Focus on George Floyd’s Murder

While George Floyd’s murder was one of thousands of incidents where civilians died at the hands of law enforcement, the media attention that his case received sparked nationwide protests and renewed the debate about policing — allowing researchers to investigate the direct impact from the event. 

Broadcast footage of Black Lives Matter protests across the nation became a nightly occurrence, with nearly every news cycle covering an aspect about the case and the implications. The violence erupting during the protests also triggered an increase in gunshots detected by ShotSpotter technology. 

However, many communities stopped calling the police.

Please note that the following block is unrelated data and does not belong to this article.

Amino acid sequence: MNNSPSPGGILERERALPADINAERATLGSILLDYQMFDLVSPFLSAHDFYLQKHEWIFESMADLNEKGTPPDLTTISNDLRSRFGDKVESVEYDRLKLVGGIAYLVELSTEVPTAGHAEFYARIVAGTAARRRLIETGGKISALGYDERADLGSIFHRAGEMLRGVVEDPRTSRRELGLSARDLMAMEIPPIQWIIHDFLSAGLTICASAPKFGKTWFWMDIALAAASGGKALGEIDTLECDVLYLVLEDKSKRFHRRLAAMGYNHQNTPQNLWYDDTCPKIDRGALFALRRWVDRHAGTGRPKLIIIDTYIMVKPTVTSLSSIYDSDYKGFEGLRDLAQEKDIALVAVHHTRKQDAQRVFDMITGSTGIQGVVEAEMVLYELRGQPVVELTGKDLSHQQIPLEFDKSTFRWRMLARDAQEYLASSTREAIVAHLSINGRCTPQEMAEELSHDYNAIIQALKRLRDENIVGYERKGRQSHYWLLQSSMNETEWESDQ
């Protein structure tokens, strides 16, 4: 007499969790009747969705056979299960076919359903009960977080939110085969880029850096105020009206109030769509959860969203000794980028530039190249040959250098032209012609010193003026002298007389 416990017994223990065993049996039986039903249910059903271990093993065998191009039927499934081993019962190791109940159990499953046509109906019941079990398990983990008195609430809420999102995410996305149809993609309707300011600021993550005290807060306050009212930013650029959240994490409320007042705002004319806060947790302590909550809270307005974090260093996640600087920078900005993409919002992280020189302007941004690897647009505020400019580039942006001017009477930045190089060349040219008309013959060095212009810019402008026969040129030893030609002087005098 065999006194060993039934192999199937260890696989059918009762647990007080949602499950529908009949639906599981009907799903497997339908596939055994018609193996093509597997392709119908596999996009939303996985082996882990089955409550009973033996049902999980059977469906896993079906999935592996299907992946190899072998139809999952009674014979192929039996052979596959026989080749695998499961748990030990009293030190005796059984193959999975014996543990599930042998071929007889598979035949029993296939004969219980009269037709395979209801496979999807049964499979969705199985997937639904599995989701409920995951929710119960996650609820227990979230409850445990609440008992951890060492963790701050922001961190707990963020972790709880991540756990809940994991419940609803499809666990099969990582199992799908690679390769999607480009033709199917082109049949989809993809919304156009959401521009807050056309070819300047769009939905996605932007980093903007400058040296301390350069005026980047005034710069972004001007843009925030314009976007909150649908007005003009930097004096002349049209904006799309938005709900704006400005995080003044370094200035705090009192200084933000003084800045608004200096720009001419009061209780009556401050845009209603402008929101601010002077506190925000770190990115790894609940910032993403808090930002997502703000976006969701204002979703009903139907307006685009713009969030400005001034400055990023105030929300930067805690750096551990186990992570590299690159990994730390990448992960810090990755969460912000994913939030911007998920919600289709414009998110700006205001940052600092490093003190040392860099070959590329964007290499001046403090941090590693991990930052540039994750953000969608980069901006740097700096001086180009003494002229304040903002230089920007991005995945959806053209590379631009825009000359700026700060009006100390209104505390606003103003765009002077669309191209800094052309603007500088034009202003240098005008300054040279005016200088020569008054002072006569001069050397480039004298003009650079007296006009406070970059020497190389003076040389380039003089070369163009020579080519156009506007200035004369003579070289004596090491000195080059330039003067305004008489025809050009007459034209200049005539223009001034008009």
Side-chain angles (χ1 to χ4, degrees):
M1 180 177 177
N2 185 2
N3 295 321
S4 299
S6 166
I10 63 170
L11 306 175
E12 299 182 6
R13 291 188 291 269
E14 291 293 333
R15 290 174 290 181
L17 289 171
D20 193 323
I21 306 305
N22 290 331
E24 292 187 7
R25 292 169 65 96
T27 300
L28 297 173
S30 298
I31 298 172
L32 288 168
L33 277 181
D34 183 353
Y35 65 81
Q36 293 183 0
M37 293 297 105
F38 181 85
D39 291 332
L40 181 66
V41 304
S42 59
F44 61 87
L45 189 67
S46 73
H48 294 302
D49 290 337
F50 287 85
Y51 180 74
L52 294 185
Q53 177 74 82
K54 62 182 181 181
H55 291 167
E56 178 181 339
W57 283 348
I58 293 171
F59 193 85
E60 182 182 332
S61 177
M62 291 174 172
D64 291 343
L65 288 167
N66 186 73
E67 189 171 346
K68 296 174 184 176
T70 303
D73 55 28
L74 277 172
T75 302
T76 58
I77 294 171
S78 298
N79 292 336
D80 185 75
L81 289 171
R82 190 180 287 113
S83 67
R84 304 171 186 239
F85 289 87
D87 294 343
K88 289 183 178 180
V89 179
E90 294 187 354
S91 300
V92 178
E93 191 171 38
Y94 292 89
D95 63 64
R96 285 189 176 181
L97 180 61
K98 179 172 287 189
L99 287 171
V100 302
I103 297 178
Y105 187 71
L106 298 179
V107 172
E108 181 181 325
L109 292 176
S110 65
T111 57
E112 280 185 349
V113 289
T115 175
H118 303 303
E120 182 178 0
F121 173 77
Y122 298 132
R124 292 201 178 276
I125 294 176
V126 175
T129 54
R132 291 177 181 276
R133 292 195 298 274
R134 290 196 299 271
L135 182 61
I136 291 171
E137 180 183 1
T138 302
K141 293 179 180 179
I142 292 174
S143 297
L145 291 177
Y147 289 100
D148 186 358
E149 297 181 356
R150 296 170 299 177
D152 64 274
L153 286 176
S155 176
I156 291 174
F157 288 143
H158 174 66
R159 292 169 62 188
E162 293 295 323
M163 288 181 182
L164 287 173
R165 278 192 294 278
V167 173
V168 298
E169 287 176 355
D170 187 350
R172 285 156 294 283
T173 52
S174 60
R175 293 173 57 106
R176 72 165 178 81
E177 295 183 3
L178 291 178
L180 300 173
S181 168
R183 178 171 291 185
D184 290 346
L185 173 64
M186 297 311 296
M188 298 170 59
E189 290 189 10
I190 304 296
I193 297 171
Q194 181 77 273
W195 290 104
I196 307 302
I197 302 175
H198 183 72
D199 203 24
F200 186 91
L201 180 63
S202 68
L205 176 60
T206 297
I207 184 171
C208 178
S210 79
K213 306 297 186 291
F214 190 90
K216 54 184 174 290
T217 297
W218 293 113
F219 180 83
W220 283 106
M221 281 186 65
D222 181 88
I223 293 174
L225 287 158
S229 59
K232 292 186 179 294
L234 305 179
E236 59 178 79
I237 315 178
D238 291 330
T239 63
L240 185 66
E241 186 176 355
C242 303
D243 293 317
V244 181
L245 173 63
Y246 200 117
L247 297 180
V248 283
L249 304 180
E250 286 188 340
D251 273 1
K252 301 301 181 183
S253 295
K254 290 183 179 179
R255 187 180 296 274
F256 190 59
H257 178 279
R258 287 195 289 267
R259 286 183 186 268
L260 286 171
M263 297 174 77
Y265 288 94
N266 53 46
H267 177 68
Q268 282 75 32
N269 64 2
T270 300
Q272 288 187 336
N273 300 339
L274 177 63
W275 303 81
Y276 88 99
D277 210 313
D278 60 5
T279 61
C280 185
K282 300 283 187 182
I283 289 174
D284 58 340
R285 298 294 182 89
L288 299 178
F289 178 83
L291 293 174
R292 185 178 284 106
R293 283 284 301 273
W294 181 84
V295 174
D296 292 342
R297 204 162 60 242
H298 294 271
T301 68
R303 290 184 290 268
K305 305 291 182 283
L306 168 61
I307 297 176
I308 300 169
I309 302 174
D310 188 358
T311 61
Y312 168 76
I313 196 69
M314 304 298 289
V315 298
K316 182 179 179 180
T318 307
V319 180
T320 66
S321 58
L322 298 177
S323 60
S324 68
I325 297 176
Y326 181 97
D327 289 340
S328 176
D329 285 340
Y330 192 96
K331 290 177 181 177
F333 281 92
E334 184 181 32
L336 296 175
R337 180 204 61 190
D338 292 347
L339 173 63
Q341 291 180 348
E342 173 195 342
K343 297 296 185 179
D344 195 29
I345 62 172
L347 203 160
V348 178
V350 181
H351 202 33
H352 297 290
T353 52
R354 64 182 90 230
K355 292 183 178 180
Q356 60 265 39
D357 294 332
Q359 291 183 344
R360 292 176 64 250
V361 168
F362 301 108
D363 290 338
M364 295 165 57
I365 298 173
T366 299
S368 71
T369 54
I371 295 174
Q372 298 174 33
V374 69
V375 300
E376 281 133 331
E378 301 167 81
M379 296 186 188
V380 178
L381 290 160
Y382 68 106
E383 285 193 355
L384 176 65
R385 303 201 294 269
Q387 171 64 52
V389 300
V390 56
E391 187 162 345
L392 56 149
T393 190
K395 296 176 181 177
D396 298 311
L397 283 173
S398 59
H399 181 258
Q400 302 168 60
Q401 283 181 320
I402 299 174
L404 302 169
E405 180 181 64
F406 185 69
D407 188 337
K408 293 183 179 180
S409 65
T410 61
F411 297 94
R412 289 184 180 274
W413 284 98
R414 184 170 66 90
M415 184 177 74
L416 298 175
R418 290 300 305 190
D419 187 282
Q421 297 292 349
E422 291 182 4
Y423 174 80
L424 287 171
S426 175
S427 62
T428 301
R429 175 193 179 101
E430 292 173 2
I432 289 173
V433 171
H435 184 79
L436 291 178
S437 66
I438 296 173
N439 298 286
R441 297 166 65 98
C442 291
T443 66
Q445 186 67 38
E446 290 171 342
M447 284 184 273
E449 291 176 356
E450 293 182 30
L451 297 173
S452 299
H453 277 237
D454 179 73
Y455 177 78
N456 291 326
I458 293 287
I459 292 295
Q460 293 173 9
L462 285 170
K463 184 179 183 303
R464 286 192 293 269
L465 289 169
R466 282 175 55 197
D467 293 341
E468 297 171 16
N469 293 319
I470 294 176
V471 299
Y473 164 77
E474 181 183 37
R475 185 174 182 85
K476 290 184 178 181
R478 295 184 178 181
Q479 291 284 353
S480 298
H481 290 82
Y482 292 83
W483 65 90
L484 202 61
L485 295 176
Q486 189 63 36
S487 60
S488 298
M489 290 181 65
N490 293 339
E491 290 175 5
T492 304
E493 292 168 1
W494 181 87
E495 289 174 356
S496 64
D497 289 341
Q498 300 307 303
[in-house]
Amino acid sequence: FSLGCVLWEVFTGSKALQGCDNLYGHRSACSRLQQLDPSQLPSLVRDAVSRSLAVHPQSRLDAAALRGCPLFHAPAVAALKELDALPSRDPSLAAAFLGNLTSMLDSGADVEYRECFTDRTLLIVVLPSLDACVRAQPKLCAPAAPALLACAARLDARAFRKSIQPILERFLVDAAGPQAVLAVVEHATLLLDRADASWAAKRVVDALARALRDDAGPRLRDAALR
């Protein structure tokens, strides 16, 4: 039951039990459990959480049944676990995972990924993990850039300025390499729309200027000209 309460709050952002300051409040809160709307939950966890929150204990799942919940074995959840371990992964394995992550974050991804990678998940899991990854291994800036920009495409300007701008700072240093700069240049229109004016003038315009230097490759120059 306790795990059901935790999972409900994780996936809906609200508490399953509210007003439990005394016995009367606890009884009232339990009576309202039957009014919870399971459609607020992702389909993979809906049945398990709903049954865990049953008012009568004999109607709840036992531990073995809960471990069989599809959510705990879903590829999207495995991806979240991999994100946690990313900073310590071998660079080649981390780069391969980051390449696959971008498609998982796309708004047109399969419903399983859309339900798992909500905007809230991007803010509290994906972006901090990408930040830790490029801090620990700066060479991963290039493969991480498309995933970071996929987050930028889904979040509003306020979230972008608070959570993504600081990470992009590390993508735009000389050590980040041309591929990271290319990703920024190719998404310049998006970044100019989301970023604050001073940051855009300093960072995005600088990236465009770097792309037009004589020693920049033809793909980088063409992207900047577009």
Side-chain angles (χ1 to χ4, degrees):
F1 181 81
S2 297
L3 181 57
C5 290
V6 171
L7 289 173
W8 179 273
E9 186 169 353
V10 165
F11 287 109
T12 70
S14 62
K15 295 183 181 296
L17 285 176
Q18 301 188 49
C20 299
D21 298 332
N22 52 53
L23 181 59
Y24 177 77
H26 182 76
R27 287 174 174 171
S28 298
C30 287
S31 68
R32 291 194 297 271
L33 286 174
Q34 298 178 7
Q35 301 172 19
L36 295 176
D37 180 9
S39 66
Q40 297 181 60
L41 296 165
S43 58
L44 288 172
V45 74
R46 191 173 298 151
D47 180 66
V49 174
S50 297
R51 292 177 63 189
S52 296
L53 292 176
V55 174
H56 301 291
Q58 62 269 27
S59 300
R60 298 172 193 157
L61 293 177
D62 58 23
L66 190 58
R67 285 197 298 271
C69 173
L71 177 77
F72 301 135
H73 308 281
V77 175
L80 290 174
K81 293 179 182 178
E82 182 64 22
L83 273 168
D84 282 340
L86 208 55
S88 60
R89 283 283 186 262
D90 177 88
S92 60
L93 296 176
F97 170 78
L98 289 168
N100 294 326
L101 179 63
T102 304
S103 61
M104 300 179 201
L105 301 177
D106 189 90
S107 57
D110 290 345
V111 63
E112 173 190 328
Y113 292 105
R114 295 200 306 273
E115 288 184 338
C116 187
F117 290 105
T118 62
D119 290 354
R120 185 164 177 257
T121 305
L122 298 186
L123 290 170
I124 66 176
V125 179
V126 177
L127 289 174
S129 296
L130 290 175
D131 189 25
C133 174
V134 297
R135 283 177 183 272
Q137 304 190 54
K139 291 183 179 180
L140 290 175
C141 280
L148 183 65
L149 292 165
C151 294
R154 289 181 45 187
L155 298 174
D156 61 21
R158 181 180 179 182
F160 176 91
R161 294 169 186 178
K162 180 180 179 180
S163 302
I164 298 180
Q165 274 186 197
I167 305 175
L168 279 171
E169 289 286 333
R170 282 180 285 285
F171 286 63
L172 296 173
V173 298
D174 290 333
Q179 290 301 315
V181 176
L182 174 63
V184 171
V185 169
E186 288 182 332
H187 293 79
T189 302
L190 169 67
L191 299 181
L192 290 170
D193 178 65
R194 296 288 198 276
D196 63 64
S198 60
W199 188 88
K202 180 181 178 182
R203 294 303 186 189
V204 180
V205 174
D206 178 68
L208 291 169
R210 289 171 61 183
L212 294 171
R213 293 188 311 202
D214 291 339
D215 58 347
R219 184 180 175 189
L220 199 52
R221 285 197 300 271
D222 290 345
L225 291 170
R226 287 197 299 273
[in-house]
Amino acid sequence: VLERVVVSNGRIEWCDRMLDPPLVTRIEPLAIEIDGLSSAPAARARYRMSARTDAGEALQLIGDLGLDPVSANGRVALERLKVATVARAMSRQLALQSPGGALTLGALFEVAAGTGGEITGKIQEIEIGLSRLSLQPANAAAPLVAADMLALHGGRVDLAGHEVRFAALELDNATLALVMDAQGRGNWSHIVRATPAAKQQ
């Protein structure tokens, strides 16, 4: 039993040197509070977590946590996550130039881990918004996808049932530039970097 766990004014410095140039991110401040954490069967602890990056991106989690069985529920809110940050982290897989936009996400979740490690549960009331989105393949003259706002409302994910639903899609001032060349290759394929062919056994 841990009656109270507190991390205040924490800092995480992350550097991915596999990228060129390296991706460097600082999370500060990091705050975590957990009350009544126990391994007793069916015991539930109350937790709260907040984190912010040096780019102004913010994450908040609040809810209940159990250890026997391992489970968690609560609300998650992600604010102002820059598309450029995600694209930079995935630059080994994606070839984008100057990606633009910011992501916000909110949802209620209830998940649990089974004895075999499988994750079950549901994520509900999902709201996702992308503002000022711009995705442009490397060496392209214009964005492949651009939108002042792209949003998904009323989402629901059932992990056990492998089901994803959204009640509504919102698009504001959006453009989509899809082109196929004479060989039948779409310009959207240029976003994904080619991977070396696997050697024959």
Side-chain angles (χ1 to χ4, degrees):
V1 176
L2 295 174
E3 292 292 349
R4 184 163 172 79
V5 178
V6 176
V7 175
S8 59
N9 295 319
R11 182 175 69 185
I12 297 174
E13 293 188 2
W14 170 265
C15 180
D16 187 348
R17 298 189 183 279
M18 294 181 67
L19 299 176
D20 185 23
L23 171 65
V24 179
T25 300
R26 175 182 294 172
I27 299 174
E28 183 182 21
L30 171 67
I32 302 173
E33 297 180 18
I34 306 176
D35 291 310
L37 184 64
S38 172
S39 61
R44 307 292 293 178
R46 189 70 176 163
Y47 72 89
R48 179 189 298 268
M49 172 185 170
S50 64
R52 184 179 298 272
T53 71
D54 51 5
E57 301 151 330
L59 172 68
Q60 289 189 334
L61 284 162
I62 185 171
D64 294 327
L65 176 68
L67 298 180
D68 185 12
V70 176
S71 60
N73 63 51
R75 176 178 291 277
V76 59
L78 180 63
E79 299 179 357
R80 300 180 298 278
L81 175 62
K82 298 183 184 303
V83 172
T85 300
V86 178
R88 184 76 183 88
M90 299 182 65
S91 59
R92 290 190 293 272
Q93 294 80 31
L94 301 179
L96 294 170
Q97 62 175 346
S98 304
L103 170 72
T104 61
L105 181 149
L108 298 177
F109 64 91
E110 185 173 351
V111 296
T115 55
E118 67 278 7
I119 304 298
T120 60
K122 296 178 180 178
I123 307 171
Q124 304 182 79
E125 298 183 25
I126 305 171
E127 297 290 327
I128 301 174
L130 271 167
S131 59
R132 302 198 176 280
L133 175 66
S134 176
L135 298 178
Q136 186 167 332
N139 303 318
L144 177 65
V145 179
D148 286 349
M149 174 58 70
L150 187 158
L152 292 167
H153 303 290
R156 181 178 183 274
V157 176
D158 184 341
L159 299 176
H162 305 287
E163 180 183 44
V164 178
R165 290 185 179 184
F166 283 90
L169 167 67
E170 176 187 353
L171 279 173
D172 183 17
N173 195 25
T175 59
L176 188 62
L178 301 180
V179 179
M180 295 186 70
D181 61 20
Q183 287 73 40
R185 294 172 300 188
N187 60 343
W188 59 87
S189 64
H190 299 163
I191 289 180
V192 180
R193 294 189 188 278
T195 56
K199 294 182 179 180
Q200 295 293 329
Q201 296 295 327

Even though 911 call rates were down following the national COVID-19 emergency declaration, average emergency calls for the 8 cities dropped nearly 25 percent in the weeks after Floyd’s murder. Looking at the data simply for the day following Floyd’s death, the number of 911 calls dropped roughly 50 percent below the average.

Put another way through a firearm lens, the researchers detail that average citizen crime reporting dropped from 207 calls per gunshot in the week prior, to less than 90 calls per shot in the week after Floyd’s murder. 

“While law enforcement agencies are locally-governed institutions, our findings suggest that citizens may view them as part and parcel of a larger criminal justice system,” the researchers note.

“As a result, highly visible acts of police violence, like George Floyd’s murder in Minneapolis, may fuel distrust of local law enforcement agencies even among residents living in geographically and politically disparate areas.”

See Also: One Year After Killing of George Floyd, Problems and Frustrations Remain